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Editorial: How to stretch a dollar

Somehow YBID has squeezed a lot of programming out of a rather static budget revenue wise.
YBID June 30 2
June Days are just one of the programs from YBID. (File Photo)

YORKTON - It is interesting how an organization can grow and thrive through the years of what might be a rather static budget but governments seem to always be in the need of more money.

That dichotomy was brought into focus again at the regular meeting of Yorkton Council Monday.

On the one hand there was Council finalizing city mill rates for 2024 for a combined operating and capital budget which sees property taxes climbing 3.5 per cent.

Within the material circulated Monday it was noted that 2.5 per cent of that increase goes to the operation side to maintain the same services as provided by the city in 2023.

Now we all can appreciate inflation is a real thing, we see that at the grocery stores and in countless other ways as prices have climbed for many goods and services. Things cost more so you need more dollars to pay for them, or you simply reduce buying.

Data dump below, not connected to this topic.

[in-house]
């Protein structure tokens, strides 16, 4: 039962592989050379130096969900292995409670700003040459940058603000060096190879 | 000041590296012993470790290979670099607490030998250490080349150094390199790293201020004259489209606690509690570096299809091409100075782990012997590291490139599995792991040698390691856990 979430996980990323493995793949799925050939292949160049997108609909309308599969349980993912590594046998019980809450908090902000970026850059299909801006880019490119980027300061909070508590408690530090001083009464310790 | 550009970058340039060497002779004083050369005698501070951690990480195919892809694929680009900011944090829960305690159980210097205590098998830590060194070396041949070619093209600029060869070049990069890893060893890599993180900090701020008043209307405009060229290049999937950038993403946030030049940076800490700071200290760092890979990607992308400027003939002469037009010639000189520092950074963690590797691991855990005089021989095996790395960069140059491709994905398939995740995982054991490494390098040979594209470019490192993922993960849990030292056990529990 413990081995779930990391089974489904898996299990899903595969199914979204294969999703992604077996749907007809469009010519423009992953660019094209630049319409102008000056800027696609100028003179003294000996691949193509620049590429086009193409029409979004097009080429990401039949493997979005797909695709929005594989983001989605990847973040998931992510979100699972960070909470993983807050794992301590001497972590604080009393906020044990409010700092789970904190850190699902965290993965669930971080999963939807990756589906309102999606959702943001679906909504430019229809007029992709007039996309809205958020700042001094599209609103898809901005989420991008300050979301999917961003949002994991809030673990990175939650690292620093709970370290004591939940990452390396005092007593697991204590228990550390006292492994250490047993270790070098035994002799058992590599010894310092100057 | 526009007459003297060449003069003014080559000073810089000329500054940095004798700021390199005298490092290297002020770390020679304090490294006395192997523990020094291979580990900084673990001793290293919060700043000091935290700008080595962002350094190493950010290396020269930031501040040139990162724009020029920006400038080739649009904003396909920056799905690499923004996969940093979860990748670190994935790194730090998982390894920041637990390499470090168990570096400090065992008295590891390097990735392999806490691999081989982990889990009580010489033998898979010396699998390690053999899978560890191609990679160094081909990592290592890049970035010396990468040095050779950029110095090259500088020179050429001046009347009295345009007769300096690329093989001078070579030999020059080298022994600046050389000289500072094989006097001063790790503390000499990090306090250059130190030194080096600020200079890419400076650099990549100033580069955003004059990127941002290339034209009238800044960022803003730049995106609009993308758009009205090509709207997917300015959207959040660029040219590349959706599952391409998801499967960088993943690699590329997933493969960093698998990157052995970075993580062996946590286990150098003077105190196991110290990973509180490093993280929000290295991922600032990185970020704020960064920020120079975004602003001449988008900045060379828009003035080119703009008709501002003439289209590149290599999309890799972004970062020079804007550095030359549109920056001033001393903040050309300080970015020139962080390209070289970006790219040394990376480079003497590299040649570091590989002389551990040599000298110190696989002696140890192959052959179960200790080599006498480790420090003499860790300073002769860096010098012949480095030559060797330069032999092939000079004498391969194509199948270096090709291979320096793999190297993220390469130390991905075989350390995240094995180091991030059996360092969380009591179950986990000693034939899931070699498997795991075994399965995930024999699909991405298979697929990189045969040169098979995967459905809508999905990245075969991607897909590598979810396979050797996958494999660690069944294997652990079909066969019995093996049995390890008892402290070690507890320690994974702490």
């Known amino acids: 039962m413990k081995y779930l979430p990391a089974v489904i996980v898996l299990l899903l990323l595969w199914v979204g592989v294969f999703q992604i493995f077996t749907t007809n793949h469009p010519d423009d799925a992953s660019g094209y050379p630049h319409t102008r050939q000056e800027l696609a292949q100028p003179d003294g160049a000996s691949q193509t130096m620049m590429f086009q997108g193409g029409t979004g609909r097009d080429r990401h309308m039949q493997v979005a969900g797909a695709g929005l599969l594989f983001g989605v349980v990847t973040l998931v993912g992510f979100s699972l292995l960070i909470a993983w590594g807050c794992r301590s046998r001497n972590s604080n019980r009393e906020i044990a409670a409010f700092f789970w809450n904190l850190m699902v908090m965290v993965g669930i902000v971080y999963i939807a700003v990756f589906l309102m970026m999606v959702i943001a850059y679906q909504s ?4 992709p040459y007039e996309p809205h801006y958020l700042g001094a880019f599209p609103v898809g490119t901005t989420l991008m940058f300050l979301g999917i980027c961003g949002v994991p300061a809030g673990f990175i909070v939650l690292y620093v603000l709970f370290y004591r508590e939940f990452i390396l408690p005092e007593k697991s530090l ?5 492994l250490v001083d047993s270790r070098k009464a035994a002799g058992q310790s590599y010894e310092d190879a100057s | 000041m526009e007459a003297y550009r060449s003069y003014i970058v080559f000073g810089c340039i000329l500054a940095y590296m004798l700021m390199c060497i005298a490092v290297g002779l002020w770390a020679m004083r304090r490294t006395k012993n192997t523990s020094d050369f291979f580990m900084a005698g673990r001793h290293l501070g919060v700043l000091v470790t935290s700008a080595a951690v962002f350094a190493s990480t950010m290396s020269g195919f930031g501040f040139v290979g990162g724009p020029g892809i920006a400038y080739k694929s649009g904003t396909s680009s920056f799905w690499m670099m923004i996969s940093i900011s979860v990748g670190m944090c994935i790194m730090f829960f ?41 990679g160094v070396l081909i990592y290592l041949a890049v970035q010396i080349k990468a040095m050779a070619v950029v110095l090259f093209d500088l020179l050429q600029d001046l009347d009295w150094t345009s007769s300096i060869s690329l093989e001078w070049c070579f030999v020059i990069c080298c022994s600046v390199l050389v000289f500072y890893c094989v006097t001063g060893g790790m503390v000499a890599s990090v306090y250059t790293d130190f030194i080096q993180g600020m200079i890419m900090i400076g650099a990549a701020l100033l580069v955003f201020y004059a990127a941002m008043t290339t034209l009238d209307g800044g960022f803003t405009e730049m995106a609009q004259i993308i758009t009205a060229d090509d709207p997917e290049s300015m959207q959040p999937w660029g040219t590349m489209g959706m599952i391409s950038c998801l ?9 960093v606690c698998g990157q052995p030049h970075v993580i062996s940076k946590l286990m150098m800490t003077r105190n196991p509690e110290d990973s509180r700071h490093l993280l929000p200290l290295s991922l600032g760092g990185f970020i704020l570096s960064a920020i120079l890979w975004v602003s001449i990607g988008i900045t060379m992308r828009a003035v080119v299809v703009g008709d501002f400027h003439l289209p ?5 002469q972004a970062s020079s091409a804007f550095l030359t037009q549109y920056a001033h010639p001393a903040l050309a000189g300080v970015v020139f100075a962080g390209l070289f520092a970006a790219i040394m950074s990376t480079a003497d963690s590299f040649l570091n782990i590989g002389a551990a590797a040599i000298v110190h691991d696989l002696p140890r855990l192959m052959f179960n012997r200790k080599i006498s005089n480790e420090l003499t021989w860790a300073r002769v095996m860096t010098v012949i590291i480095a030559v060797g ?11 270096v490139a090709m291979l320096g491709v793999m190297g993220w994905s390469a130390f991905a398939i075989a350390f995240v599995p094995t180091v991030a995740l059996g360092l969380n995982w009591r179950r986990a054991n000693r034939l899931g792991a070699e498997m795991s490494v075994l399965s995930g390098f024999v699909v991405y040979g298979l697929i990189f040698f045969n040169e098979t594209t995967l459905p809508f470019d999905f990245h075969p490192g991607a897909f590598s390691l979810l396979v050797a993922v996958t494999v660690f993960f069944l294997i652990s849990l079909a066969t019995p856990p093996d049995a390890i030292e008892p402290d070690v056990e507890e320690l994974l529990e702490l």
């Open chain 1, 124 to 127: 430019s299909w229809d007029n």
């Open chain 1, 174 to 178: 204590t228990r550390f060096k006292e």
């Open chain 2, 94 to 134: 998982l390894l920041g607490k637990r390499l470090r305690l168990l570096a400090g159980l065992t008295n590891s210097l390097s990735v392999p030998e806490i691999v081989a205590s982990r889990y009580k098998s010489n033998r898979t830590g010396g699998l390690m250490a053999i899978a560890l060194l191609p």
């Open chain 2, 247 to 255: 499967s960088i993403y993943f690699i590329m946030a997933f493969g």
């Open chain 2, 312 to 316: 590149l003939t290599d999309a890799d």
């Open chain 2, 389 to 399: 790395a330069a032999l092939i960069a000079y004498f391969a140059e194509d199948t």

Or, of course if you are a government with taxation powers, you raise taxes. That has become pretty much the norm at the municipal level locally for years now.

That is fine in terms of maintaining a level of service that in most areas is very good, it is also not something that is reasonably sustainable in terms of the ability of taxpayers to absorb increases every year moving forward.

Then there is the Yorkton Business Improvement District which gave its annual report to the regular meeting of Council Monday.

The local business organization with a definite service club approach to community enhancement, gets the lion’s share of its funding via the city.

At present YBID receives $113,850 from the city set levy, and $100,000 via a city grant, out of total revenues of $290,850.

What is interesting is that while the levy fluctuates slightly based on properties in the YBID zone, the total funding has been basically the same since 2012.

That means that YBID has dealt with whatever inflation has thrown its way, with largely the same revenue for a dozen years.

And, in that time YBID has not cut back on projects either. If you look around their efforts can been seen in various ways, from being a funding partner on street lighting, to being the driving force behind the Clean Sweep Program that keeps the downtown neat, to the popular and visible flower pots in the city core to the annual Santa Claus parade.

And, then there are the YBID organized June Days, a relatively new endeavour that highlights local cultures in June.

Somehow YBID has squeezed a lot of programming out of a rather static budget revenue wise.

While this year YBID has asked for a $20,000 grant increase – long overdue one might add – maybe the city could learn a few tricks about how to do more without the usually associated tax hikes.